The New York Mets Must Re-Sign Curtis Granderson
NEW YORK, NY - AUGUST 14: Curtis Granderson #3 of the New York Mets watches the flight of his third inning home run against the New York Yankees at Yankee Stadium on August 14, 2017 in the Bronx borough of New York City. (Photo by Jim McIsaac/Getty Images)

Who can still hit, play some defense and is beloved in the clubhouse? The Grandy Man, Curtis Granderson. Which is why the New York Mets need to re-sign him after the season.

Nobody wanted to see a 36-year-old Curtis Granderson roaming center field on Opening Day, much less now that the Mets have waved the white flag on 2017.

So whether you believed in Michael Conforto as a center fielder was a moot point. Conforto sharing the outfield with Yoenis Cespedes and Jay Bruce gave the Mets their best chance to win.

But now that Bruce has been traded to the Cleveland Indians, the Mets have a chance to deploy a more conventional outfield configuration in 2018. Assuming they can uncover a viable center fielder in the offseason, that is.


New York Mets

Granderson isn’t that player—but that doesn’t mean he should be cast away in 2018. He’d be a weapon off the bench and as a fourth outfielder.

In the last year of his contract, Grandy is having one of his most productive seasons as a Met yet. His 2015 campaign is regarded as his best statistical year in blue and orange when he smacked 26 home runs and drove in 70 runs.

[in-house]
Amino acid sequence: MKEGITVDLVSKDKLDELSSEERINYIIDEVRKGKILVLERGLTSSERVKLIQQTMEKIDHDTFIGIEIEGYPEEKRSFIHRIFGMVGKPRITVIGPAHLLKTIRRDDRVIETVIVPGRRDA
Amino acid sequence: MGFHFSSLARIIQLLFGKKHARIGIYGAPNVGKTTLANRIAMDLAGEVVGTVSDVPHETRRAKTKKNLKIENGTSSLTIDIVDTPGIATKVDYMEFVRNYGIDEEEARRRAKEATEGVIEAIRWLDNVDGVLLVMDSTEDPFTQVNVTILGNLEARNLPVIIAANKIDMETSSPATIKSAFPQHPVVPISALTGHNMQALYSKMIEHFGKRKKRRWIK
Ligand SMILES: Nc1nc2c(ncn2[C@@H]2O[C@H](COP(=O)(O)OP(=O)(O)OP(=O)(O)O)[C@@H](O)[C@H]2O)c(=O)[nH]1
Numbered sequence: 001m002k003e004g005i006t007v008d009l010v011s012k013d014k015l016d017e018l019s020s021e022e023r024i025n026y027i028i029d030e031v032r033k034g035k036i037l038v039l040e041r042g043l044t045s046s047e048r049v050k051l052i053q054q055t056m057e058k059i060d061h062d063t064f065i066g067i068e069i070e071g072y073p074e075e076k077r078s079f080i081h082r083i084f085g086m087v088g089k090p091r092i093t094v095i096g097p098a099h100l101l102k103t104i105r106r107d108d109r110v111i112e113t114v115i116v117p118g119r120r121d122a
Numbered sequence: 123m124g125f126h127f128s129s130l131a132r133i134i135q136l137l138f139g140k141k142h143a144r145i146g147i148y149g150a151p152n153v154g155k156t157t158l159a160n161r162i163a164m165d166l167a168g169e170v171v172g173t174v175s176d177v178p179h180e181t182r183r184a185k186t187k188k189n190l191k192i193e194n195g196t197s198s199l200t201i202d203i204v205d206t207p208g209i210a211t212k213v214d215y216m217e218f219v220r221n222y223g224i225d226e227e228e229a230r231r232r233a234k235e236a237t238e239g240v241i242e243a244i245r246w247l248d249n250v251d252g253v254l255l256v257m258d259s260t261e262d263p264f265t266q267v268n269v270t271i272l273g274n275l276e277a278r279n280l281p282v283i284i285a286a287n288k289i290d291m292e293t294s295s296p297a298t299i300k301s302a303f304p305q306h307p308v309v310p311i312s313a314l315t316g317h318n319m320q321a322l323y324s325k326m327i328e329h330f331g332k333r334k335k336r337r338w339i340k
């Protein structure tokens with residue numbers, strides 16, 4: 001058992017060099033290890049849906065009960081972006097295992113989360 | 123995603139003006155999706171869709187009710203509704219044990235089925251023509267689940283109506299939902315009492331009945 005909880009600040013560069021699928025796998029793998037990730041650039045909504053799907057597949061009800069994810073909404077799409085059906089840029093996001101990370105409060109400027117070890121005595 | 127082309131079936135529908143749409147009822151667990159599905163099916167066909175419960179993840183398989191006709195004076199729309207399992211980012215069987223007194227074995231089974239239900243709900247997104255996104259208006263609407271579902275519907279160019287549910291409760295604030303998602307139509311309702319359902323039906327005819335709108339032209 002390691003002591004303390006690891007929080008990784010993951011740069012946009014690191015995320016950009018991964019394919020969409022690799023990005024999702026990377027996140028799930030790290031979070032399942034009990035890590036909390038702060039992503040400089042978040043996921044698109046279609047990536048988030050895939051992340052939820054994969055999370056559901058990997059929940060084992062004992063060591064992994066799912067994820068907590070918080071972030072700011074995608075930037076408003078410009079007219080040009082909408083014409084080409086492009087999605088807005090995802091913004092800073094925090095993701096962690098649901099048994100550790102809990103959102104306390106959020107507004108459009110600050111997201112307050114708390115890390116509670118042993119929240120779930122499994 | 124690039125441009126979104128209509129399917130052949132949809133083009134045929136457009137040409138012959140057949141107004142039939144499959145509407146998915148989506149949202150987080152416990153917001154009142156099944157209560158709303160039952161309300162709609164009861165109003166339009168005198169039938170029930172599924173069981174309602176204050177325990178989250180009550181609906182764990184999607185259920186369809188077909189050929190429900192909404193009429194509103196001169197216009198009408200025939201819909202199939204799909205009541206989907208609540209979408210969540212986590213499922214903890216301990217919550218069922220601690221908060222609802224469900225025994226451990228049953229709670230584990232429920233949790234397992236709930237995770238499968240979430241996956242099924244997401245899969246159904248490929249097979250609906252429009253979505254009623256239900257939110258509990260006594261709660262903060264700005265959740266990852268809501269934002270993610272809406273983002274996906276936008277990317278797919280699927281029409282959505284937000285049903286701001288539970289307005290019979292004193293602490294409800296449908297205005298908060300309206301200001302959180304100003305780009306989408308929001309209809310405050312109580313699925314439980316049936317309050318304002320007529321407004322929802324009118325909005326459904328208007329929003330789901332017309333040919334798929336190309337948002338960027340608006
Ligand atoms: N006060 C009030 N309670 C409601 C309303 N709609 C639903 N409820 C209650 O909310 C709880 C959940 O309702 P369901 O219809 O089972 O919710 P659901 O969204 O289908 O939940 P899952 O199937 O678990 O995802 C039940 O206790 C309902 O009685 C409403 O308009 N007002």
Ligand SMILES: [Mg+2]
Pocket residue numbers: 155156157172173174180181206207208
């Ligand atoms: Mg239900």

Yet, halfway through August, Granderson has hit 18 home runs and driven in 48 runs in roughly 300 fewer plate appearances. He’s posted his best slugging percentage (.479) since 2012 (.492), and both his walk rate and OPS are nearly identical to his 2015 numbers.

And with a BABIP (batting average on balls in play) of .256, nearly 40 points below his career average, it is safe to say Grandy has been unlucky so far this season. But even with that lack of luck, he’s been one of MLB’s most productive hitters.

Who wouldn’t want a player that thrives against right-handed pitching (.848 OPS in 98 games)? Or someone with a .810 OPS in high-leverage situations? Or a .929 OPS as a pinch hitter? What about someone with a .825 OPS with runners in scoring position?

And although his arm is lacking, he is still a strong enough defender to warrant occasional time in the outfield. Let’s not forget about his impact in the clubhouse, either.

Granderson just brings too much to the table to not bring him back, assuming he still wants to play. He hinted at retirement in mid-July, telling the New York Post‘s Howie Kussoy that “the situation has to be right” for him to continue as an active player.

No team is going to offer him a starting job. But he’s familiar with New York, the organization, and the clubhouse. That could be all Granderson needs to hold off retirement for another year.

The Mets would be lucky to have him back. Re-signing him should be one of the team’s secondary priorities once the season comes to an end.

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